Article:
Home News Risks of recession in Germany are growing

Risks of recession in Germany are growing

Risks of recession in Germany are growing

Germany, Europe’s economic powerhouse, is facing significant challenges that have prompted economists to label it the “sick man of Europe.” The country’s famed economic model, which once drove strong growth for over two decades, is now faltering. Let’s delve into the factors contributing to Germany’s economic struggles.

Germany is on track for its first two-year recession since the early 2000s after its economy shrank in 2023 amid the impact of higher energy costs and weaker industrial demand. The German national statistics office said “multiple crises” affecting the economy had contributed to a 0.3% fall in gross domestic product (GDP) in 2023, compared with the previous year, as higher interest rates and elevated living costs took their toll.

Energy Costs and Weaker Industrial Demand: In 2023, Germany’s economy shrank by 0.3%, marking the first contraction since the early 2000s. Higher energy costs and weaker industrial demand played a significant role in this decline. The impact of elevated living costs and higher interest rates took a toll on economic growth.

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Long-Term Issues: Beyond circumstantial factors, longer-term structural issues are affecting Germany’s efficiency. Ageing Population: Rapidly ageing demographics pose challenges for sustained growth. Infrastructure Investment: Lack of recent major investment in infrastructure hampers productivity.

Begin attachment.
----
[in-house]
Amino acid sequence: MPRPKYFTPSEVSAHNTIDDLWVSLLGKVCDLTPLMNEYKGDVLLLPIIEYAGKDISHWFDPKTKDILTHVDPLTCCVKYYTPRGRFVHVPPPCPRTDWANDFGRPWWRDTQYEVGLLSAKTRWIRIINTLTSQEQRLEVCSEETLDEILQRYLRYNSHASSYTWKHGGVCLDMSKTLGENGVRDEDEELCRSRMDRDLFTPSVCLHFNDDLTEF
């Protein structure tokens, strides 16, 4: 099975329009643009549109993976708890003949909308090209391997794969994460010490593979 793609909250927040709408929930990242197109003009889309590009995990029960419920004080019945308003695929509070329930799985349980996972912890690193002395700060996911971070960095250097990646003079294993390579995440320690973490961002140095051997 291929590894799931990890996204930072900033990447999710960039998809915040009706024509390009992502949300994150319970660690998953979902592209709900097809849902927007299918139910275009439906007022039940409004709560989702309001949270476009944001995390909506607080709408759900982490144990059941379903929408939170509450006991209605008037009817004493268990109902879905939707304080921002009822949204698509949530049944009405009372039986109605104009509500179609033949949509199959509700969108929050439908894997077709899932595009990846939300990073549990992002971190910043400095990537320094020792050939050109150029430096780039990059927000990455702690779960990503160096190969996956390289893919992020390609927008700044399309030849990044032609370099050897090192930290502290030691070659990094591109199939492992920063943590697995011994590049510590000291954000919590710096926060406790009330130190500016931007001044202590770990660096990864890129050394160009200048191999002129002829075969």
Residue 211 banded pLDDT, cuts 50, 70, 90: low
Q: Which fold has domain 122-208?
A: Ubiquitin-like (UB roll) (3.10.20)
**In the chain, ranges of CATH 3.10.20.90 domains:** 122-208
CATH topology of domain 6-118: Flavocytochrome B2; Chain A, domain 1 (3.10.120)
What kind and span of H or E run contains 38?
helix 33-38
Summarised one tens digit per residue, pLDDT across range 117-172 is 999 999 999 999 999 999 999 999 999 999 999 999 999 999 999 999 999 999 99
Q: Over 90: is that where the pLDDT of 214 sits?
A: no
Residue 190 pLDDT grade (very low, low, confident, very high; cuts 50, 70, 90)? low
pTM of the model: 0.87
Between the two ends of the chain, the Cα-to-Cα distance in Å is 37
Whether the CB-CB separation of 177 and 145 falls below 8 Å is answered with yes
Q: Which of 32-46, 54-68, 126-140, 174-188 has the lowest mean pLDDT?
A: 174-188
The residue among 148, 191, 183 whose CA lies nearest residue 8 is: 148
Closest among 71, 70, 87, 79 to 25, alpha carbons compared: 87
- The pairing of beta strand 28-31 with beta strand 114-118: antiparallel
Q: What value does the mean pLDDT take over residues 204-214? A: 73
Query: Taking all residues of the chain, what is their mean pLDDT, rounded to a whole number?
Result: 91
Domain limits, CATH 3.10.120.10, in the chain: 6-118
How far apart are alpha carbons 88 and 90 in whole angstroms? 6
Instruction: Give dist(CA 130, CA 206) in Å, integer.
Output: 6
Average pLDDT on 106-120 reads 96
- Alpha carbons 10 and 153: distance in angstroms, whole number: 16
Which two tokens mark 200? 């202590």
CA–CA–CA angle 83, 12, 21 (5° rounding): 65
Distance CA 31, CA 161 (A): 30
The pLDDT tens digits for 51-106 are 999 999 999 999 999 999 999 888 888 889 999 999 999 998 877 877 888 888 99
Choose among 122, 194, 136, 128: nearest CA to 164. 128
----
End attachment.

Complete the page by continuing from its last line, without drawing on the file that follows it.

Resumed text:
Corporate Tax Rates: High corporate tax rates affect competitiveness. Electric Car Market Competition: China’s growing presence in the electric car market threatens German automakers.

Despite recent price declines, prices remained high at all stages in the economic process and put a damper on economic growth. The German economy did not continue its recovery from the sharp economic slump experienced in the pandemic year of 2020.

Germany’s economy was 0.7% higher in 2023 than in 2019, the year before the pandemic began. However, analysts said Europe’s largest economy was on track for another year of stagnant growth in 2024 at best, with a heightened risk of a second consecutive year of negative output.

Carsten Brzeski, the global head of macro research at the Dutch bank ING, said: “There is no imminent rebound in sight and the economy looks set to go through the first two-year recession since the early 2000s. We expect the current state of stagnation and shallow recession to continue. In fact, the risk that 2024 will be another year of recession is high.”

Germany’s dominant industrial base, excluding construction, fell by 2% over the course of the year, as higher energy costs and dwindling demand at home and from abroad weighed on factory output. Reflecting the impact of higher energy bills and borrowing costs on consumers, household consumption fell 0.8% on the previous year, while government spending fell 1.7%.

As well as having one of the worst performances among advanced economies last year, Germany is expected to experience one of the weakest performers in 2024, with EU forecasts published in November predicting growth of 0.8%. Experts said the country’s economy was in “permanent crisis mode” as supply chain frictions, persistent inflationary pressures, weaker global demand for manufactured goods, and higher interest rates weighed on national output.

The IMF has predicted that Germany will be the weakest of the world’s advanced economies, shrinking by 0.1% this year. Rising prices have dampened demand from households and businesses in Europe’s largest economy.

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